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VB Link Cable

VB Link Cable Building Instructions
Based on a guide by Alberto Covarrubias.
With pinout and additional technical information by DogP.


The Virtual Boy GameLink Cable never became reality like the dream of playing games like Mario's Tennis against a friend. After all, none of the released games seems to have a link mode left, but this should not hold anyone back from 2 Player VB gaming, since DogP's "Tic Tac Toe" and "3D Battlesnake" support linked play, so "all" you need to do is building 2 flash carts and a link cable. The following guide explains how to build a link cable by modifying two Nintendo AV Cables to make plugs fitting into the VB's link port.


Needed components and tools:

▪ 2 SNES or N64 Audio/Video cables (these pieces will be mutilated so take this on mind before you attempt to continue). You can find them for up to $3 USD at any game store, or if you don't care about playing your SNES/N64 with an RF Switch cable... then go ahead.
▪ A cutter or knife to cut some plastic parts of the AV.
▪ Optionaly A sandpaper to polish some parts to make the piece as perfect as possible.
▪ A Cat5 cable to connect both plugs.
▪ A soldering iron to solder the Cat5 cable to the plugs.
▪ Optionally hot glue to give the plugs a cover piece.


Making the plugs:

1. First of all, check that the AV has at least 6 pins to be sure that your plug will work; if not, you can continue taking in mind that you'll need to make at your own a substitution for those pins, using either a cooper wire or a small cooper plate. Scart plugs have 8 pins so if you use one you wouldn't need to make this parts, but you can use you imagination or destry several AV plugs if you need to do so.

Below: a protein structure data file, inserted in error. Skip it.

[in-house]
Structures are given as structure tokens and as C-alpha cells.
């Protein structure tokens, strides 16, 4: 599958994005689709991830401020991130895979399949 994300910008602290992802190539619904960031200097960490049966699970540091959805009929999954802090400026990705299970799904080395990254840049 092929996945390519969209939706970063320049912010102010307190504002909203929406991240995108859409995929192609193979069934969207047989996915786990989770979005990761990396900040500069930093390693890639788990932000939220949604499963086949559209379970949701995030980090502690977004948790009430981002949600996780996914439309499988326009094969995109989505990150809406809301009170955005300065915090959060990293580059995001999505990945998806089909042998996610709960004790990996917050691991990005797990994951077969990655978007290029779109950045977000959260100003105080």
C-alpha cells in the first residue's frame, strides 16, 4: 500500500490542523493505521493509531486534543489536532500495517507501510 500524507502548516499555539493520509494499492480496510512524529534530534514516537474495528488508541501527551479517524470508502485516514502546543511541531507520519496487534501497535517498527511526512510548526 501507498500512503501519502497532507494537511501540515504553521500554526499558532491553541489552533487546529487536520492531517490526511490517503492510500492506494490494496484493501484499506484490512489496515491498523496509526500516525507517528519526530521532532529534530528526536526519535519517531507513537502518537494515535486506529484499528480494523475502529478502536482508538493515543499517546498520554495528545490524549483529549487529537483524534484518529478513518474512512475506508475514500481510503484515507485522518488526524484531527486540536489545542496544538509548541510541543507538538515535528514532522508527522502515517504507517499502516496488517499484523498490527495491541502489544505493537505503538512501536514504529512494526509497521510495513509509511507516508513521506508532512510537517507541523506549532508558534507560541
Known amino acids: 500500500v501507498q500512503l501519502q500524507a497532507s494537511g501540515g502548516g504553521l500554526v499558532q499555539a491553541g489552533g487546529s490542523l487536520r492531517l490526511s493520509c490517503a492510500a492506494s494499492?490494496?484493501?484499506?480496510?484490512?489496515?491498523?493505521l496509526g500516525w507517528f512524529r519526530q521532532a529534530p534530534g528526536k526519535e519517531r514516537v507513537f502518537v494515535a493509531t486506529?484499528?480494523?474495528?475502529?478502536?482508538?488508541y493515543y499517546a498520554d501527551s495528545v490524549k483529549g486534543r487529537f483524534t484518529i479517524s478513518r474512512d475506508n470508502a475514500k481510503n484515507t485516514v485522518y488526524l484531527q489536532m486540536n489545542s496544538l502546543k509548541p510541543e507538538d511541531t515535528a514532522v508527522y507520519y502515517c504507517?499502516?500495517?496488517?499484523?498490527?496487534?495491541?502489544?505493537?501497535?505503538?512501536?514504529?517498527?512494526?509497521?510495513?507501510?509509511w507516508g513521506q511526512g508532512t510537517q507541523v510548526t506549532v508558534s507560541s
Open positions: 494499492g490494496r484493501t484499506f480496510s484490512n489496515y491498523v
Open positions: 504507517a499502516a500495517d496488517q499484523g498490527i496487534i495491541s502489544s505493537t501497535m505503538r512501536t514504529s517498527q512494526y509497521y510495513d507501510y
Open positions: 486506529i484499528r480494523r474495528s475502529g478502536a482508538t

2. Remove the big piece in the middle which covers the inside components of the AV. Use a screwdriver on every corner arm to remove this piece, or you can use brute force. I recomend the screw because you can make a shroud for your plug out of it later. The plug part of the AV is very important, so be careful and harmless with this piece. If you mess it up with this piece, your attempt to make this plug will be over.



3. You will notice that the plugin has the wires directly from cable to pins in the AV plug, so the next step is to remove the pins on the AV plug to issolate the plug. Also remove the pins carefully because this pieces are also very important. You can use again your screwdriver, a small nipper, or whatever you want that keeps these parts safe of the next step.

4. This is the most important step because if you don't have precision here, all your work will be vanished. We will perform here 2 complete cuts to convert this 12pin in a 8pin plug. I repeat, the precision here is really important, so I recomend to see you plug in the front, identify where are all pins and make the cuts based on the first diagram below and on you own calculation. The green part on the diagram shows the 2 parts that joined will bring us a plug for the gamelink port, the blue part is the tolerance of our cut that can be polished and the red part must be removed on both cuts. The second picture explains this process.